"When I was young, I wanted to be an actress, a singer, an artist, or maybe a detective. By the time I was eighteen, I followed my interest in drawing and painting and decided to go to the Rhode Island School of Design. My second year, I took a class in children's book illustration and immediately felt comfortable. I found a way to perform through the characters in my books. As an illustrator, I am also the director, the costume designer, and the set designer. I spend days deciding what my characters look like and what they do in each picture. I also spend a great deal of time researching the costumes and setting. Sometimes I feel like a detective, as I try to discover what kind of clothes a shepherd boy might wear, or what was a medieval king's favorite food. I visit libraries, museums, antique stores, and even the post office in hopes of finding the perfect chair for a character or a medieval pattern I can use on a castle floor.


"After illustrating four books, I wrote my first book. White Snow, Blue Feather began as a memory of growing up in Colorado. I loved the sense of mystery during winter and how familiar things change after a snowfall. It began as a series of drawings about the season, and the small boy's journey evolved slowly. It was exciting to discover the process of writing. In some respects, it is very similar to painting. I am constantly in the process of molding and twisting an idea, of building focus and adding details. Instead of paint, I am using ideas.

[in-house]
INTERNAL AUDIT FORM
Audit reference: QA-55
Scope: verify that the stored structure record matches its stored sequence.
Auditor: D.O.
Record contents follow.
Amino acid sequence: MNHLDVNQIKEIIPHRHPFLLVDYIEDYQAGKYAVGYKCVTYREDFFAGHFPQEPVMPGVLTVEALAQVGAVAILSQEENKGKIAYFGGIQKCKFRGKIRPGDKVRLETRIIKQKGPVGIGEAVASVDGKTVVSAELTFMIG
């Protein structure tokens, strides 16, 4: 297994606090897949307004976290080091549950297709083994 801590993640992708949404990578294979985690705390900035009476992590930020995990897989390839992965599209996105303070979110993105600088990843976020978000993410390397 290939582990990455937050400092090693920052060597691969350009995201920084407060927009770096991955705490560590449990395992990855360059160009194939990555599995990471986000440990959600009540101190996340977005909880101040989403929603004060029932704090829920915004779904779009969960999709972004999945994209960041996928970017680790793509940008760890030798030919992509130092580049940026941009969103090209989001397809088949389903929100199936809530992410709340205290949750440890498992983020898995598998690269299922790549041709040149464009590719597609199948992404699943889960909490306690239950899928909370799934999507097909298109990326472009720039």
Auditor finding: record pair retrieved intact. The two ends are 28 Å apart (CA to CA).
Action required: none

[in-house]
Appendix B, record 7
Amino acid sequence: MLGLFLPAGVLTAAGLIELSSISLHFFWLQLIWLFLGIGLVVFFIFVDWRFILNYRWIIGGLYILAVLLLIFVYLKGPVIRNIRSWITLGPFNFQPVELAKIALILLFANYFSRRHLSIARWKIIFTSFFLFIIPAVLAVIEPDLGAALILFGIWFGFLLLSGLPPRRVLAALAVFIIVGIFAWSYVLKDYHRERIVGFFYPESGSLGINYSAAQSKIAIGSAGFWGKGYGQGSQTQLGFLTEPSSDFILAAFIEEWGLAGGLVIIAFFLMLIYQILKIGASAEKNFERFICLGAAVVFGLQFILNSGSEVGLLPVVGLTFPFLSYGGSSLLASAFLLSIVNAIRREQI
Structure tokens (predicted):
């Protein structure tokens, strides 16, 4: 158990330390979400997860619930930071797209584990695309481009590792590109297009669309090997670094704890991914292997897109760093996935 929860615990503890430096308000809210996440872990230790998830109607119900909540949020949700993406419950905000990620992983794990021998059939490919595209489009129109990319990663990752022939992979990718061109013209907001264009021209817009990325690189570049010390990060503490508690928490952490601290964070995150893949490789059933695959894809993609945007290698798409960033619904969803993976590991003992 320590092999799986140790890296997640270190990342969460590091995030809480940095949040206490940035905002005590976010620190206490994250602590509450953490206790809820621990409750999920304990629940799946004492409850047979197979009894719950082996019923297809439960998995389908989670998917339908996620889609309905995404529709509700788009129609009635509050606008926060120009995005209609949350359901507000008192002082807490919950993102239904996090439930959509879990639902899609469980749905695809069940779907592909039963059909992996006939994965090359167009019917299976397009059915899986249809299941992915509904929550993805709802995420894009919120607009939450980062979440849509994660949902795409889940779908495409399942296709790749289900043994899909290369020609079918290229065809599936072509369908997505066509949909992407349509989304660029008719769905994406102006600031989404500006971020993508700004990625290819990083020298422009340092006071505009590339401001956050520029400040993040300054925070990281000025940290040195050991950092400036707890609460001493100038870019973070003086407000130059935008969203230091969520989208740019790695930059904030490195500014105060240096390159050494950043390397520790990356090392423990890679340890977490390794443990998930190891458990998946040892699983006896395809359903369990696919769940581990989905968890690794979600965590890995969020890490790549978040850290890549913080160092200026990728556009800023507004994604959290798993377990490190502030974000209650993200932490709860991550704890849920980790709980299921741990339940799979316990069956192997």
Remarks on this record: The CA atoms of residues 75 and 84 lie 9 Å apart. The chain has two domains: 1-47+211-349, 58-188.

"My next book was a biography of Wolfgang Mozart. I visited Vienna one Christmas. It was one of the most beautiful cities I had ever seen, and I thought it would be a wonderful place to set a book. While I was there, I noticed plaques on a dozen buildings that said 'Mozart lived here.' I have always loved Mozart's music, and I began to wonder about his life. I learned that Mozart rarely made enough money to pay the rent, and so he and his family always moved to a new apartment before the rent payment was due. He lived in twelve apartments in nine years. Mozart had a difficult life, and I was inspired by his courage to continue composing in a time that did not always appreciate his music. It is important to remember that things are not always easy, and even great people feel frustrated and worried.